Karnataka’s Port-Development Spree Ignores Coastal Communities’ Concerns

Environmental News from India:

  • Karnataka is keen to accelerate a port-led model of development, hoping to attract a number of private investments. It has one major port and 12 minor ports under different stages of development.
  • Since 2014, the state government has been pursuing policies that ease infrastructure and industrial development.
  • The port-led model, however, ignores people living in the vicinity of proposed constructions. At least three ports that are currently under development have run into trouble, facing resistance from the communities.

Karnataka is on a port-development spree. The 320-kilometre coastline, spread across three districts – Uttara Kannada, Udupi, and Dakshin Kannada – is dotted with 12 minor ports, and one major port, in different stages of development. A common complaint across this port development activity is that it ignores concerns raised by the coastal communities that live in the vicinity of the action – concerns about the loss of coastal commons, the loss of biodiversity and a loss of livelihood.

While a major port comes under the aegis of the central government, the minor ports are controlled by state governments. A major port has deeper drafts allowing large, capesize vessels, higher investments and higher tariffs. A minor port, in comparison, has lower tariffs.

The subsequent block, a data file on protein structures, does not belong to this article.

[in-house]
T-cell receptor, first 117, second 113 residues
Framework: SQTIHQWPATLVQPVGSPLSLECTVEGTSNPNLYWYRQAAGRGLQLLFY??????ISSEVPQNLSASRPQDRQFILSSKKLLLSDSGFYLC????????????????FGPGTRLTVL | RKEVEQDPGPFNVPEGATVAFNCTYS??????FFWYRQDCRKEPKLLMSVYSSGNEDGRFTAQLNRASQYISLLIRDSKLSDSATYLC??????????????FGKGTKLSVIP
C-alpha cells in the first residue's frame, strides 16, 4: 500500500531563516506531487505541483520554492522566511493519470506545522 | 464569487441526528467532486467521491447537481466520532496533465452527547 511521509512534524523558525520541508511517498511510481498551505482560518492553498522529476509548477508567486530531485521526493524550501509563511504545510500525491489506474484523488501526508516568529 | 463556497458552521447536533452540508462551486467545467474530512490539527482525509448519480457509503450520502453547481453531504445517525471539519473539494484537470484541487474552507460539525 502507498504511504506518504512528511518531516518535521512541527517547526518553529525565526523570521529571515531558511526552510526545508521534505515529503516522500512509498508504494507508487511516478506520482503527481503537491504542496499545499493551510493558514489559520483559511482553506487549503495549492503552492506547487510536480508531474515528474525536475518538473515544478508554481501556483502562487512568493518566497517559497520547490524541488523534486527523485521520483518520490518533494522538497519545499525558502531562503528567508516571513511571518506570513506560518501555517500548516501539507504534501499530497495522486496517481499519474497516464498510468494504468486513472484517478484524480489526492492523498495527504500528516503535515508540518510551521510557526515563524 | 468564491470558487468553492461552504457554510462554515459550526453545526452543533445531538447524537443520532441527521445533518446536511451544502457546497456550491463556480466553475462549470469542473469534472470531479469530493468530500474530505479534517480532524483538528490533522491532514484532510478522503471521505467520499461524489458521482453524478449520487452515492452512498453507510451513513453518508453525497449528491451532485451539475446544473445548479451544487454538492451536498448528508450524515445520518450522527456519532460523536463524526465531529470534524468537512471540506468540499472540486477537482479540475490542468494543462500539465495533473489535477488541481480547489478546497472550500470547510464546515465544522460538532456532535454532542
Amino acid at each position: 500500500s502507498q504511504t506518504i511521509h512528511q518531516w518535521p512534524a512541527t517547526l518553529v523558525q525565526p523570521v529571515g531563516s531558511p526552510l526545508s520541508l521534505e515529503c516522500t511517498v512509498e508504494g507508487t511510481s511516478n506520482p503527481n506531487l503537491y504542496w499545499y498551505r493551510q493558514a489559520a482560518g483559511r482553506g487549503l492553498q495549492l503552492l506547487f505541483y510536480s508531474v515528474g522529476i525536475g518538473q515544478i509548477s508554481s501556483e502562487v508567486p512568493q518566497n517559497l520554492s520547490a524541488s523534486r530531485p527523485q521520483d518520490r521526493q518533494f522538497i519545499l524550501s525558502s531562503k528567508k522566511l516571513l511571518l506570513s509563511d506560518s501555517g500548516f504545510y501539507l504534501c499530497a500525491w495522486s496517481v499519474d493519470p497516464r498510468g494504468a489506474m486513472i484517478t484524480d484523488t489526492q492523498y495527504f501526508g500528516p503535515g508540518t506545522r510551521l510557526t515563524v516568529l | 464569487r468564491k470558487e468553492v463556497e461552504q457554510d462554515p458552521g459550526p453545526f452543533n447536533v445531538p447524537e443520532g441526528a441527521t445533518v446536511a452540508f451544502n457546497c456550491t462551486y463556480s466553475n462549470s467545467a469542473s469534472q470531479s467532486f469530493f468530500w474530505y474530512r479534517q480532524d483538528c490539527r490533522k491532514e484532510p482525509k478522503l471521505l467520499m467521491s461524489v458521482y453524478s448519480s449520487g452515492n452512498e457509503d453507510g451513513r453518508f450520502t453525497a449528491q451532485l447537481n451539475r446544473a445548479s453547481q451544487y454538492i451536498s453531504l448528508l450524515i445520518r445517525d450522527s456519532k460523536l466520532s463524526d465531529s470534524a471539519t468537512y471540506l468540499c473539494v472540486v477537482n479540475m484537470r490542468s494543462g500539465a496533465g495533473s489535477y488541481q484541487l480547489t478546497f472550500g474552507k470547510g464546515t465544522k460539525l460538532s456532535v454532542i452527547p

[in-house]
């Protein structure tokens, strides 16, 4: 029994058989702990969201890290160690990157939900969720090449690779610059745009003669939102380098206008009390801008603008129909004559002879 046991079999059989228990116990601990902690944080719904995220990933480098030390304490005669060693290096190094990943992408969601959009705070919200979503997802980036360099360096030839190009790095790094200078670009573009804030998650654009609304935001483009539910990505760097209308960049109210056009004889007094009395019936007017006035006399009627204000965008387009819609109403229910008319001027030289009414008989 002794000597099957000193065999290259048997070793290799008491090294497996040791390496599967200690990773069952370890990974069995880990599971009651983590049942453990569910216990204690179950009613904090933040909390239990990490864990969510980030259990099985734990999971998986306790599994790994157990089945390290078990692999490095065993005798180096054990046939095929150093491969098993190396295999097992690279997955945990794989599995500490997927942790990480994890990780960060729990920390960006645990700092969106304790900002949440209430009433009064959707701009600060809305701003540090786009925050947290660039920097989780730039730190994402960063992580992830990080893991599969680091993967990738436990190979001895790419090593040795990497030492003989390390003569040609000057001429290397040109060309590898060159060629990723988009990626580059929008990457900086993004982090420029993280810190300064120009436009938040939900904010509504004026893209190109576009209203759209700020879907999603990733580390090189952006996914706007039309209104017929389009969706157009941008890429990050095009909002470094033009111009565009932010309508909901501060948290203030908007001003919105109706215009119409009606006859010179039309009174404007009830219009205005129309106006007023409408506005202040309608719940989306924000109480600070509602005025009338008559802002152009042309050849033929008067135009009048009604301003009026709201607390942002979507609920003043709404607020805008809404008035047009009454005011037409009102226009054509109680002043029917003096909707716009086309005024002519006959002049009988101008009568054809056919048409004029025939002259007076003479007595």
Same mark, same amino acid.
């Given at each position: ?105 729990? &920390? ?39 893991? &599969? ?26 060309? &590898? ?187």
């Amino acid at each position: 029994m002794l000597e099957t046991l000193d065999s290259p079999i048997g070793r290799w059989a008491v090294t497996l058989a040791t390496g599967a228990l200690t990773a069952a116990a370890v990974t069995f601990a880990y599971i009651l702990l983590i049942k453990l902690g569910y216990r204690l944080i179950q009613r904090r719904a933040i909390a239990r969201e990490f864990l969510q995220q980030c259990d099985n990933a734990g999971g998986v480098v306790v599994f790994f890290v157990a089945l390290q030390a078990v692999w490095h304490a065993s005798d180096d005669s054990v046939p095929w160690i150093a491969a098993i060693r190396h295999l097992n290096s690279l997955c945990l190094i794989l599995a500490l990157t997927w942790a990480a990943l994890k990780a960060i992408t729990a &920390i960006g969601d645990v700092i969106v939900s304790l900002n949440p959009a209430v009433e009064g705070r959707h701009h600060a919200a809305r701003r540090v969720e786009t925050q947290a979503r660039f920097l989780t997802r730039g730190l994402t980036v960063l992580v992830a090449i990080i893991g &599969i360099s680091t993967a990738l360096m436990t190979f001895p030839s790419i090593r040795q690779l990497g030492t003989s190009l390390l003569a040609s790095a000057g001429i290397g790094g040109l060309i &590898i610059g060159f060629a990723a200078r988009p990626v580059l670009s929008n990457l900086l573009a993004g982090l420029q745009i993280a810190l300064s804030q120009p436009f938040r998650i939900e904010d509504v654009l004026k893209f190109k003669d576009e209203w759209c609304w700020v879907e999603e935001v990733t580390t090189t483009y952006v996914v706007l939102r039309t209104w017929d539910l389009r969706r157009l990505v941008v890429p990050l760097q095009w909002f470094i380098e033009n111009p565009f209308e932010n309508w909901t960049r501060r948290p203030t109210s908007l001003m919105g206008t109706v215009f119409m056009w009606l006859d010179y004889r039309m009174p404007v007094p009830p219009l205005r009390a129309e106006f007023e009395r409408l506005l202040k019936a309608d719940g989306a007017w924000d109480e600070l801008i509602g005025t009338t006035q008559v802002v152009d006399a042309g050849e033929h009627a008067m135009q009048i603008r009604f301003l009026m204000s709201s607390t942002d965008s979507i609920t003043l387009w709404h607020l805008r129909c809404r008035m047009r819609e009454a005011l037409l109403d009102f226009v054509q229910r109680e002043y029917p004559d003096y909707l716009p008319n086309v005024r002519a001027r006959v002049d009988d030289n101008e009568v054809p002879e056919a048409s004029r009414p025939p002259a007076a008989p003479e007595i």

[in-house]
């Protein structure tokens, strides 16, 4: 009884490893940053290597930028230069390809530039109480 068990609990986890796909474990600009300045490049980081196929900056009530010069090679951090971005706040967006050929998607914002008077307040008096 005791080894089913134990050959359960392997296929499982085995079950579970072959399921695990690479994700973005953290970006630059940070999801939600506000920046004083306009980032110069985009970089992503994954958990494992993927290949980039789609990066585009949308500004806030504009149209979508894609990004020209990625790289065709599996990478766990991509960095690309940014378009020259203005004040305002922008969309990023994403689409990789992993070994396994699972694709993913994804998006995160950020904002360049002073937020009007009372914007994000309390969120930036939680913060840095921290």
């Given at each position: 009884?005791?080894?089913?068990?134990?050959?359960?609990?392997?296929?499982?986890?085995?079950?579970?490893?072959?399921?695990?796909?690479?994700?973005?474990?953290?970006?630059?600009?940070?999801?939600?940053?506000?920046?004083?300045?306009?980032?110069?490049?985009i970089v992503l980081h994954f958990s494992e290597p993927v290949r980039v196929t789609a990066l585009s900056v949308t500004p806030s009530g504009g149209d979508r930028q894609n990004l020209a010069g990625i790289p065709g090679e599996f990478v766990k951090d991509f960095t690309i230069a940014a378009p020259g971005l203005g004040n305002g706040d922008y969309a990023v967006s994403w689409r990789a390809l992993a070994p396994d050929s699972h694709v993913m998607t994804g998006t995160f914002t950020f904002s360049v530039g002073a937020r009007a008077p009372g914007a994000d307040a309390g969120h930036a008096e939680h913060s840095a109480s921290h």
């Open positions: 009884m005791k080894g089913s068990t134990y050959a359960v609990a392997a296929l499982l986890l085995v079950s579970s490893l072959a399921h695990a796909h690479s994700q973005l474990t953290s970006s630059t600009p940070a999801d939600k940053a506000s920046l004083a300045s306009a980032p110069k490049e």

With the impetus of Sagarmala, a nationwide port-led development initiative of the central government, Karnataka is keen to go all-in to create coastal infrastructure in the form of ports, railways and highways that connect the coast to the hinterland. Kapil Mohan, additional chief secretary of Karnataka Infrastructure Development, Ports and Inland Waterways Department and the Chief Executive Officer (CEO) of Karnataka Maritime Board estimates that “the planned infrastructure development is expected to bring in approximately Rs. 15,000 crore (Rs. 150 billion) of economic value addition.”

This growth is led by both Sagarmala, which is funded largely by the central government, and the state government which is also pumping in and encouraging private investments largely through a public-private partnership model. In a speech at a business and maritime conclave organised by Karnataka Maritime Board, Federation of Karnataka’s Chamber of Commerce, and State Bank of India on May 12, Karnataka’s chief minister Basavaraj Bommai said that their government has proposed projects of over Rs 8,000 crore (Rs. 80 billion) to be developed under Sagarmala. Both the central and state government are led by the Bharatiya Janata Party (BJP). In November this year, the state is organising a global investors’ summit to attract international investments.

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Source: Mongabay

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